Yeah. You don't necessarily have to act on every desire, but you have to be open to your doubts and your darker sides to really understand what you're about, what makes you tick and what love is.

Jane has gone all the way, and she's coming back. Is that what emotional responsibility is?

Yeah, totally.

So how do you go about doing this all of this in a way that doesn't come off moralistic? Because that is one of the real achievements of the film, that it doesn't seem preachy.

Well, thanks, I appreciate that. I don't know. It took me a long time to write it. I kind of saw the whole thing as a funny math problem. You know, I got all these people on a chessboard, and if I move so-and-so a little too much that way, this character seems like a victim and that character seems like an asshole. You know, then it sort of becomes a morality question. It was a constant balancing act with all of these characters. You know, they move in these incremental ways that affect the other person. But you try to keep them all in a place where their move seems not only affected by the other person's move, but reasonable given where they are coming from, and where we as an audience feel that to be better or more truthful people, they need to go.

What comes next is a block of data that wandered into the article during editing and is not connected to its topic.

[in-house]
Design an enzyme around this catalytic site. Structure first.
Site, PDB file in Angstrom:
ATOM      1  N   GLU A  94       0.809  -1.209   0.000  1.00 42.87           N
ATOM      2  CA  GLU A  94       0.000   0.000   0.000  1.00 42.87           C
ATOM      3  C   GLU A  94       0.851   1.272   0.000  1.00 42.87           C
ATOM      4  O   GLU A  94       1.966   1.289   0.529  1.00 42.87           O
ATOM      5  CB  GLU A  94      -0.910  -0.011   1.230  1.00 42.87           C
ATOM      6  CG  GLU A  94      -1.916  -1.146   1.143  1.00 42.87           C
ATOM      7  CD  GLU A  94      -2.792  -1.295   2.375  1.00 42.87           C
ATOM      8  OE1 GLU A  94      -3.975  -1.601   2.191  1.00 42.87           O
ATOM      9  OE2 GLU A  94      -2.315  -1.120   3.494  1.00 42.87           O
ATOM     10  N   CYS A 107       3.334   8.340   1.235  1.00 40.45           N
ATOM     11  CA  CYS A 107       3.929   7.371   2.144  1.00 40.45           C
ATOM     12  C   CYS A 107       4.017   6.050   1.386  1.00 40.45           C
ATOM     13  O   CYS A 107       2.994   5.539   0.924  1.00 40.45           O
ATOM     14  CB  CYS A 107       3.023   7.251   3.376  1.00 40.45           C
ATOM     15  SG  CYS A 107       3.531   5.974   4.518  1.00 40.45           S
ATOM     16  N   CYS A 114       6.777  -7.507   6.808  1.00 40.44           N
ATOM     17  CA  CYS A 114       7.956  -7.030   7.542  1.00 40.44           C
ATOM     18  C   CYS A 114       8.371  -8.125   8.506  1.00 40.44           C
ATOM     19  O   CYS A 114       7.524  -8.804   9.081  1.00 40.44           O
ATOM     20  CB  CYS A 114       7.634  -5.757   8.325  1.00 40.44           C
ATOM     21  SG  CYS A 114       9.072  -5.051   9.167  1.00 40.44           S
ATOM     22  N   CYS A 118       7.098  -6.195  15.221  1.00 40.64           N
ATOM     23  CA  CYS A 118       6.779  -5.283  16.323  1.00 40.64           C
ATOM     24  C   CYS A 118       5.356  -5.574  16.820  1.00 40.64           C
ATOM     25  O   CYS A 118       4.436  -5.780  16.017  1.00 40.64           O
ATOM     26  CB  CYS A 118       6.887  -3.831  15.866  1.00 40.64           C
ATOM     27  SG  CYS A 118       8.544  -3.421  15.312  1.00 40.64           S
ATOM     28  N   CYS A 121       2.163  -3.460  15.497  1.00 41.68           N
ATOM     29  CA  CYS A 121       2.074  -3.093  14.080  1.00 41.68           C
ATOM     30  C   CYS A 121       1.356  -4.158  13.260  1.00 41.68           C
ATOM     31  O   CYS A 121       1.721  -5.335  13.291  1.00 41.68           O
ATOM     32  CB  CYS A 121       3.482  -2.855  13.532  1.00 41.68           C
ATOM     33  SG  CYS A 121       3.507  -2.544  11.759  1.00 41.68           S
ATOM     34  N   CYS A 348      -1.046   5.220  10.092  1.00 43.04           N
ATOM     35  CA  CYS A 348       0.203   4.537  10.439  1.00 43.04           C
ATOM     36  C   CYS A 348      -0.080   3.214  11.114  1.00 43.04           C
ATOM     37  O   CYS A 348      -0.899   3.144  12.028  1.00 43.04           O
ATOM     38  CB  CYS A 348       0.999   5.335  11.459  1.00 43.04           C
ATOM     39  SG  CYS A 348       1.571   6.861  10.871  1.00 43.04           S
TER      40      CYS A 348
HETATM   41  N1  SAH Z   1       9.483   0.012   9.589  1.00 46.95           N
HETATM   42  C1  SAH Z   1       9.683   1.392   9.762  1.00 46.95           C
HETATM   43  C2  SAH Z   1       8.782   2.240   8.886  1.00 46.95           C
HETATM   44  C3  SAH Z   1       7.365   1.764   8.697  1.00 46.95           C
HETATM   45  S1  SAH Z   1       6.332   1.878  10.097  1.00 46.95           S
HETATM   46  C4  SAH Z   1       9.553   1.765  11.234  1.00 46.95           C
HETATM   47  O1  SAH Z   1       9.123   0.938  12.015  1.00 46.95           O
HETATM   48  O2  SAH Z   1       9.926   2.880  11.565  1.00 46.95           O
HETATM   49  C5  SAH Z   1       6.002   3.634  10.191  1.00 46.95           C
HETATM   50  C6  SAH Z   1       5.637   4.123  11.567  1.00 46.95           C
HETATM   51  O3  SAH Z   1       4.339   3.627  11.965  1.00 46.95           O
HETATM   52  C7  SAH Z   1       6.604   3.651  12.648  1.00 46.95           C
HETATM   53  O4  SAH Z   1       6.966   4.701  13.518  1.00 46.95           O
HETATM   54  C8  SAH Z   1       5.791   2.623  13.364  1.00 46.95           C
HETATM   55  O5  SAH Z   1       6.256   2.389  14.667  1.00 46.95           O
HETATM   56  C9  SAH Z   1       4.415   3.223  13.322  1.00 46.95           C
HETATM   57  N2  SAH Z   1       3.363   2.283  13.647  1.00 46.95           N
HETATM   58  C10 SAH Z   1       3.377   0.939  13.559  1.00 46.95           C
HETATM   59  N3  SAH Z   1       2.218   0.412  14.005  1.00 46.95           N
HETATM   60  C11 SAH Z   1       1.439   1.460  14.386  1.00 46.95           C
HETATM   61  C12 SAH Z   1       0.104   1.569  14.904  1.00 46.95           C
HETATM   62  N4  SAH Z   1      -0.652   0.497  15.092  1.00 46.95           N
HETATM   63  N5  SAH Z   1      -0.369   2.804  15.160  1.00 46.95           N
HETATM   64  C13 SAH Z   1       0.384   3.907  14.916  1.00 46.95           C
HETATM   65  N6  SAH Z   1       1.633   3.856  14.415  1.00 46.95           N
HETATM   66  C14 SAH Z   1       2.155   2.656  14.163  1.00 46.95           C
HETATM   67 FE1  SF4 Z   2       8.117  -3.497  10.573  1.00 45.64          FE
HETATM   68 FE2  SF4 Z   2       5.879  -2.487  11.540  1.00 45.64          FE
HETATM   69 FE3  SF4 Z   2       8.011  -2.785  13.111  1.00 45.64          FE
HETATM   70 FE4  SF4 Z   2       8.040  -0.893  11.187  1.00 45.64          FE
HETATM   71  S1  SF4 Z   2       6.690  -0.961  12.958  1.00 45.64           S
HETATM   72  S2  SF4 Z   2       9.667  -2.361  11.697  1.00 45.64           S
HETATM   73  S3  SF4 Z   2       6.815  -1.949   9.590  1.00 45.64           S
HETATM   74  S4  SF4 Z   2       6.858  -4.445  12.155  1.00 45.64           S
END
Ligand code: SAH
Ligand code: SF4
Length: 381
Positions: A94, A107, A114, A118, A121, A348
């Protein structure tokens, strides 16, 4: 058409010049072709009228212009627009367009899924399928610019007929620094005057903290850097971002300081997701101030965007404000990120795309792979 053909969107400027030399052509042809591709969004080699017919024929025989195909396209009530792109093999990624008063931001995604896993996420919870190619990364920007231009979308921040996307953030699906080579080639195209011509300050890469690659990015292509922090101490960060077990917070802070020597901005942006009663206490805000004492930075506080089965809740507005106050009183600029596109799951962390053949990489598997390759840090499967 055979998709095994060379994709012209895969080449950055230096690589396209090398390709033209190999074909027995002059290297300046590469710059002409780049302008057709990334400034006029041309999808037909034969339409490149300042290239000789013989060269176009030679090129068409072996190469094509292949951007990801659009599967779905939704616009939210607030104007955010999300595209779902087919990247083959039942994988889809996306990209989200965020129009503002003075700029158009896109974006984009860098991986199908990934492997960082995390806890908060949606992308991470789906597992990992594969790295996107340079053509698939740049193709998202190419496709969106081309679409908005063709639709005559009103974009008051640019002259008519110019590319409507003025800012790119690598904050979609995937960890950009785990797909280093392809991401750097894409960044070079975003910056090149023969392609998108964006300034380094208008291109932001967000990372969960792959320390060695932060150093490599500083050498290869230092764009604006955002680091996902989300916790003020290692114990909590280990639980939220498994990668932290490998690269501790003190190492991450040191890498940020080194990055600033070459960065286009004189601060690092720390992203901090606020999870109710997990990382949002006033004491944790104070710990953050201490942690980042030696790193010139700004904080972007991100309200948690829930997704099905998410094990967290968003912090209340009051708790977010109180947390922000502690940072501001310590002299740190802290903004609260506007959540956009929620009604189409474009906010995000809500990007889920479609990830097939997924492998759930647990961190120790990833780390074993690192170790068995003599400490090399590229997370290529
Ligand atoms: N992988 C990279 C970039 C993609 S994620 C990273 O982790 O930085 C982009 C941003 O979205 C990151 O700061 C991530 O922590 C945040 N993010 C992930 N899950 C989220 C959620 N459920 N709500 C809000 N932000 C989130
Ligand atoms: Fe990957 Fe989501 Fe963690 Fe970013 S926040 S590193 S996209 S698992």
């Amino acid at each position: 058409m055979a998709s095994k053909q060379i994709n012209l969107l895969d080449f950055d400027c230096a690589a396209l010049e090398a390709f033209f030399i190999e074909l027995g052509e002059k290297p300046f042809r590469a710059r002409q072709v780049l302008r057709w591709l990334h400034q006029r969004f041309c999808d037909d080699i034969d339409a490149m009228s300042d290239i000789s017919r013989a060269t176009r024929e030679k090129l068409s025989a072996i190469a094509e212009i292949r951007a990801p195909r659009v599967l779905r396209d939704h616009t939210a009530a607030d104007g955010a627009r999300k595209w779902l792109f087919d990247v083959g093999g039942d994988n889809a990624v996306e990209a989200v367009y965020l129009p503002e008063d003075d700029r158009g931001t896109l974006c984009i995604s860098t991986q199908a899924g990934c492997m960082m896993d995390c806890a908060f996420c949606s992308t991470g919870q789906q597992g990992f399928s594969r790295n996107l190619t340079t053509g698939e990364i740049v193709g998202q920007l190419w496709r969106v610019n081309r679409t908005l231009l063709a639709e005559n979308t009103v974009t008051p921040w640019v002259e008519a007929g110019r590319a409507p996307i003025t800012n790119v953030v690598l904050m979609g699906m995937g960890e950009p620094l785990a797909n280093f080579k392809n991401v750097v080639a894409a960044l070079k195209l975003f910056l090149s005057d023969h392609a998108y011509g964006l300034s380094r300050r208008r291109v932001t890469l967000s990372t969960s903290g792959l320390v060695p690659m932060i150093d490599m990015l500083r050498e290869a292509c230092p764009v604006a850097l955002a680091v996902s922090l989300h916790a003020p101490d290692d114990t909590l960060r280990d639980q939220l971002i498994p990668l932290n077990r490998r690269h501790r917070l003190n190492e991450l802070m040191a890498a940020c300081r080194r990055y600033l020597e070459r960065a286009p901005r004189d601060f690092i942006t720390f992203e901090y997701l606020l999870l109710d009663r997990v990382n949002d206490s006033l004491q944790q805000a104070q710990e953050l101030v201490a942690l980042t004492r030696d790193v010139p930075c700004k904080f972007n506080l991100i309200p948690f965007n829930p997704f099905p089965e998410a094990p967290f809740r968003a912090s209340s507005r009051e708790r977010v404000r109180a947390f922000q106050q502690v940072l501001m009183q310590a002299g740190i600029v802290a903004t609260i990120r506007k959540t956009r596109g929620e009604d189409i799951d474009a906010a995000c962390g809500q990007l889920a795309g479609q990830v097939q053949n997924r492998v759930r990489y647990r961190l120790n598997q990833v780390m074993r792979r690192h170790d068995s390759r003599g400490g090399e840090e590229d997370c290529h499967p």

D.H. Lawrence. Were you reading D.H. Lawrence when you were writing this?

No, but I should. Like "Lady Chatterley's Lover" or something?

In particular.

You know, I've never read that book.

Really? There's the greatest line in the film that I thought was a direct nod to it.

What is it?

The exchange between Christian Bale and Natascha McElhone that goes, "Are you having a sexuality crisis?" Answered by, "I'm not having any crisis."